It's March, and that means it's time for... the Employee Benefit Research Institute's annual Retirement Confidence Survey.
Now, we've lived abroad for 12 years, and we're used to seeing retirees throughout Latin America and the rest of the world who are excited about life and looking forward to new adventures.
However, according to this year's Retirement Confidence Survey, the percentage of Americans who believe they're likely to have a comfortable retirement is apparently at a record low. In fact, in many ways it seems workers are in worse shape than at any other time in the survey's 23-year history.
The stock market is up. The economy is on the rebound. And yet more people than ever in the U.S. are afraid that they've been shut out of a decent and dignified lifestyle in their golden years.
Money. In the final analysis, it boils down to money. You either have enough or you don't, and fewer people than ever before in the U.S. think they'll have enough to be comfortable when they retire.
That's usually when we say, "We know how you can live better than you're living right now on half as much money."
It's really very simple. All you have to do is what those retirees we mentioned throughout Latin America and elsewhere in the world are doing.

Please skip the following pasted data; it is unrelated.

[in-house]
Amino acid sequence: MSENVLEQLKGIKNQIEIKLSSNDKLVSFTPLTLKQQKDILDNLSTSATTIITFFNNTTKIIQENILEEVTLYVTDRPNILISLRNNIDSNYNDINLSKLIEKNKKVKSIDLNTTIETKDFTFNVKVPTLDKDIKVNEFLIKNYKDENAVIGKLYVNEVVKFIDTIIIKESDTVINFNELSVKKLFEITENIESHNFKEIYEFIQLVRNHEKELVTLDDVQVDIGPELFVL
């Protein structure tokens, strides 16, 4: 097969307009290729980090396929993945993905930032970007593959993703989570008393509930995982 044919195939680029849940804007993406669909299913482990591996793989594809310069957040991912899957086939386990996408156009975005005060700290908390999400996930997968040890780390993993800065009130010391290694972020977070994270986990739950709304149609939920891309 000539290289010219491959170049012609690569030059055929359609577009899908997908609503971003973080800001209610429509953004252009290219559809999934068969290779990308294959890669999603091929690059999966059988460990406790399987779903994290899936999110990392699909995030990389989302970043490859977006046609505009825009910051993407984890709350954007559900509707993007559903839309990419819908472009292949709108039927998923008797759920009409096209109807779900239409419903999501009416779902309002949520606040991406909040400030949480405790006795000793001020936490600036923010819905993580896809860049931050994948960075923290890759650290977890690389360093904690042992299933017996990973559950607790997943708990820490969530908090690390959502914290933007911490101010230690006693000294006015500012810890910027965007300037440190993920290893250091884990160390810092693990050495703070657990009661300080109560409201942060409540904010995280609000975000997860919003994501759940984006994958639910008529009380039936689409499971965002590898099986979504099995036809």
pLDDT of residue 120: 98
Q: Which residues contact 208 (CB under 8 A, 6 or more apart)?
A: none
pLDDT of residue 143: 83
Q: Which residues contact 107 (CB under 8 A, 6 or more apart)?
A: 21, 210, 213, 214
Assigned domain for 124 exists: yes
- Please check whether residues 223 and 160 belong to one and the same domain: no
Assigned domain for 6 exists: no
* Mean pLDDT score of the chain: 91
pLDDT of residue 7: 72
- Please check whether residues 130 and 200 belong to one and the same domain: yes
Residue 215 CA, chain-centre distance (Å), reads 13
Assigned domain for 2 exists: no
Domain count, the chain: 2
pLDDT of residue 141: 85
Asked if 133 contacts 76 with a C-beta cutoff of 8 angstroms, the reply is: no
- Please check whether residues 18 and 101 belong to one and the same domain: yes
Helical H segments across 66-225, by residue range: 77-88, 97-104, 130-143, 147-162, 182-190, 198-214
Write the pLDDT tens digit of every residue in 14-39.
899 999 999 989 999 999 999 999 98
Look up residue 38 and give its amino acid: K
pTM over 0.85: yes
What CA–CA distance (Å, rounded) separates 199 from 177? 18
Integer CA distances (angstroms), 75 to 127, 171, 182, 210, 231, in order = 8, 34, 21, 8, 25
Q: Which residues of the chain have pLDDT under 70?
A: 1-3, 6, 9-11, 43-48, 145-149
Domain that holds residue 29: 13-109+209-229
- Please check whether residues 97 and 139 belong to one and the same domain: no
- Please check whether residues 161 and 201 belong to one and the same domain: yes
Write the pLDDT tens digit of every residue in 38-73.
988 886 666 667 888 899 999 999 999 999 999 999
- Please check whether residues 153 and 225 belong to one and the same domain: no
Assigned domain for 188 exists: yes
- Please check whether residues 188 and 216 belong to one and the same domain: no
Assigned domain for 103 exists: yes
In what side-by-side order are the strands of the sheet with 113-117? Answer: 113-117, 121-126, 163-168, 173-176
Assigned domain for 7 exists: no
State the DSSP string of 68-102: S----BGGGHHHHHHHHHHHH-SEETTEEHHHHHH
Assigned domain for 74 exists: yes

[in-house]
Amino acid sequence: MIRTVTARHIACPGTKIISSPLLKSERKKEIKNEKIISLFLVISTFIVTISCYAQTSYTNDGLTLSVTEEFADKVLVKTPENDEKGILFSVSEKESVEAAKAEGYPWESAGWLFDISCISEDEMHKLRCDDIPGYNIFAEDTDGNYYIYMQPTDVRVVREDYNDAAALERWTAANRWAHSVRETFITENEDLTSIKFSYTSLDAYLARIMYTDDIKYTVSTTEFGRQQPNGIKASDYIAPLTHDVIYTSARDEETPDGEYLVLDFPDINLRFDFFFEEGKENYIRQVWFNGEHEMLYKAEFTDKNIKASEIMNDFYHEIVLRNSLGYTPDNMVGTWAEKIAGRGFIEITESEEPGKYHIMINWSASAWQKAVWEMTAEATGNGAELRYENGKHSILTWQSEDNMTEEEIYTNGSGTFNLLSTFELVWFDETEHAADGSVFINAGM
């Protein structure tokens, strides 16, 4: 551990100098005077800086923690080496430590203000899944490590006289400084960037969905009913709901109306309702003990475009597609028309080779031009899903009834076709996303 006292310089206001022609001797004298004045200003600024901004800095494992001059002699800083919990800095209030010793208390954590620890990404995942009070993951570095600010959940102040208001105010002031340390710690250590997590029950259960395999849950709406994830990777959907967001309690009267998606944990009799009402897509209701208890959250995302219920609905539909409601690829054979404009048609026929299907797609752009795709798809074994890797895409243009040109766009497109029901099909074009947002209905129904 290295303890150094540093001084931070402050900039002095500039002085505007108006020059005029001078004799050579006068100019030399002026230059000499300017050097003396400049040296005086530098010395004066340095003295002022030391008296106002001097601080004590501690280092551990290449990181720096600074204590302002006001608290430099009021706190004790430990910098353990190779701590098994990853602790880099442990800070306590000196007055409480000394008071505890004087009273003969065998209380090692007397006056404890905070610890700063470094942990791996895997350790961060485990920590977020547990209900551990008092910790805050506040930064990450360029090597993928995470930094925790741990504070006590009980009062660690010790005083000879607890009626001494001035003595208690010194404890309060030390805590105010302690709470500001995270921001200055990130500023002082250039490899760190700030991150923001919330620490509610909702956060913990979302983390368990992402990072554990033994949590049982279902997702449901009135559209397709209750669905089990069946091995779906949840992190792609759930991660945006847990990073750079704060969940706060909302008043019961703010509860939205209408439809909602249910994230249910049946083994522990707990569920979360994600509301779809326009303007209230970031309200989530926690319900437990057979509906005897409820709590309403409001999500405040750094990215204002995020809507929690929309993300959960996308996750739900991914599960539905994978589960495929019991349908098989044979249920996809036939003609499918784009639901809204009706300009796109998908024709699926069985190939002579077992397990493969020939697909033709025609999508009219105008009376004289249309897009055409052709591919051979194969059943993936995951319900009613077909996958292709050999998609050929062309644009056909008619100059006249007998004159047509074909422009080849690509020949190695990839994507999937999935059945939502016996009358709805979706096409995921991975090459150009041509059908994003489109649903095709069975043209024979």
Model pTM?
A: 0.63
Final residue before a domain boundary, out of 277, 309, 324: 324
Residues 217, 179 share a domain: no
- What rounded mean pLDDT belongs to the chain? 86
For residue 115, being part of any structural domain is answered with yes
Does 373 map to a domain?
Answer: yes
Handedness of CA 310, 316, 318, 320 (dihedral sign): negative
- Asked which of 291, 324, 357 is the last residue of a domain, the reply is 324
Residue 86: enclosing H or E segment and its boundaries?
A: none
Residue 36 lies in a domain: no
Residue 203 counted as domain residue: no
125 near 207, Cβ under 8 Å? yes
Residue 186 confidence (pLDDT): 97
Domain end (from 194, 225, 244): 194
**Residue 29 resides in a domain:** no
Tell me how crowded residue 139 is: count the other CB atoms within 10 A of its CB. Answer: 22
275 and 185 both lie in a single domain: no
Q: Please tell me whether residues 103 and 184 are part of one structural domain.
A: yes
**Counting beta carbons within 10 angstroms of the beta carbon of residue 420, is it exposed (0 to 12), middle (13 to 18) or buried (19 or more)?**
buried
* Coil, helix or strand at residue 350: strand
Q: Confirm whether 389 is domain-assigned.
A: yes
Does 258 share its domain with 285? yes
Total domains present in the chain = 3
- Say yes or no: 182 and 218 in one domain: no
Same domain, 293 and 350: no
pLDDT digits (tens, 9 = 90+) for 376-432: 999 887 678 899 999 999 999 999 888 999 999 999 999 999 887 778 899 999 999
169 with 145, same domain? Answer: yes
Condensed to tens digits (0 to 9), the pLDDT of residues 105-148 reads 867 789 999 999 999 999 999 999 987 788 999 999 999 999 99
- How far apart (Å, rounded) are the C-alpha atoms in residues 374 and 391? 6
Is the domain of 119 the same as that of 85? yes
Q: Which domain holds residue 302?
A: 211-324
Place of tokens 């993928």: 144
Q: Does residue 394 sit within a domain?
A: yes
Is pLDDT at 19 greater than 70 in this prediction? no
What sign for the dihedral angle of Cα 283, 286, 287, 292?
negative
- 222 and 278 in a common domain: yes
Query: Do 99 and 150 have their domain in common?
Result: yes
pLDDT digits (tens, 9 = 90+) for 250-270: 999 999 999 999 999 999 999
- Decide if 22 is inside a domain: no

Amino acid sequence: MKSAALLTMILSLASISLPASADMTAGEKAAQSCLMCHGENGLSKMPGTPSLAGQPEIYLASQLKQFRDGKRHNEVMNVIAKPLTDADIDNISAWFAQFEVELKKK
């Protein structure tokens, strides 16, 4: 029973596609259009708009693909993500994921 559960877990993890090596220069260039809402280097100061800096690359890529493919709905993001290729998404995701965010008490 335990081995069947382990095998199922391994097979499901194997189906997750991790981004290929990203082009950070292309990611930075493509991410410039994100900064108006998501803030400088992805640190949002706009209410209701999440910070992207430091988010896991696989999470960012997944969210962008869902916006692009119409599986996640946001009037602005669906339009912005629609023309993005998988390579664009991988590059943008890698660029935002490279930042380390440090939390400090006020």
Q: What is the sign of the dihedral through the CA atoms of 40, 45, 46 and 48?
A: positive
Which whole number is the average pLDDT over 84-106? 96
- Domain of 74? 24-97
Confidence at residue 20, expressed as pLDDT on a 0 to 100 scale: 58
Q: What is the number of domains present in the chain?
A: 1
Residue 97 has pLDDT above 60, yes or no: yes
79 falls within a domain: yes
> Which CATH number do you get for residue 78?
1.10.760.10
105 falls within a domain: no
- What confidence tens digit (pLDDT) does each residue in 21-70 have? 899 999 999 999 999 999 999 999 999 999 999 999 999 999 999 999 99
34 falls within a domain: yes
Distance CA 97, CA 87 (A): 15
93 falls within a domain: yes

They're living where the cost of living is lower and the quality of life is higher than in the U.S. In some cases, because of where they're living, the money they have goes twice as far as it would back in the States.
In essence, they double their money by living in the right place.
Does it sound like sacrilege for proud and happy American citizens like us to say that there are places in the world where the cost of living is lower than in the U.S.? Of course not... most people know there are places in the world where the costs of utilities, property taxes, medical care and fresh food are significantly lower than in the States.
Is it sacrilege then for us to say that there are places in the world where the quality of life is better than in the U.S.?
Depends on what you mean by "quality of life"... if you mean the ability to get anything you want, anytime you want, delivered anywhere you want with just a phone call or the push of a button, then the U.S. may very well offer the best quality of life on the planet. There is no more convenient place on earth if all you want is stuff.
But if by "quality of life" you mean a place where the pace of life is unhurried, people value family and community over work and consumerism, the food you eat came directly from a nearby farm or ocean, doctors still make house calls and give out their home phone numbers, and there is no need at all, at any time of year, for snow blowers, overcoats, furnaces, space heaters, long johns, studded tires... or even cars... then there are places in the world with a much better quality of life than the States.
We've lived in such places for the past 12 years, and as much as we love the U.S., we plan to keep doing so.
And over the past 12 years, we've begun to wonder why more people don't take advantage of this simple idea... that living abroad in the right place can save you money and improve your lifestyle at the same time.
It's something we're sure those folks from the Retirement Confidence Survey haven't heard about, or they'd have more confidence.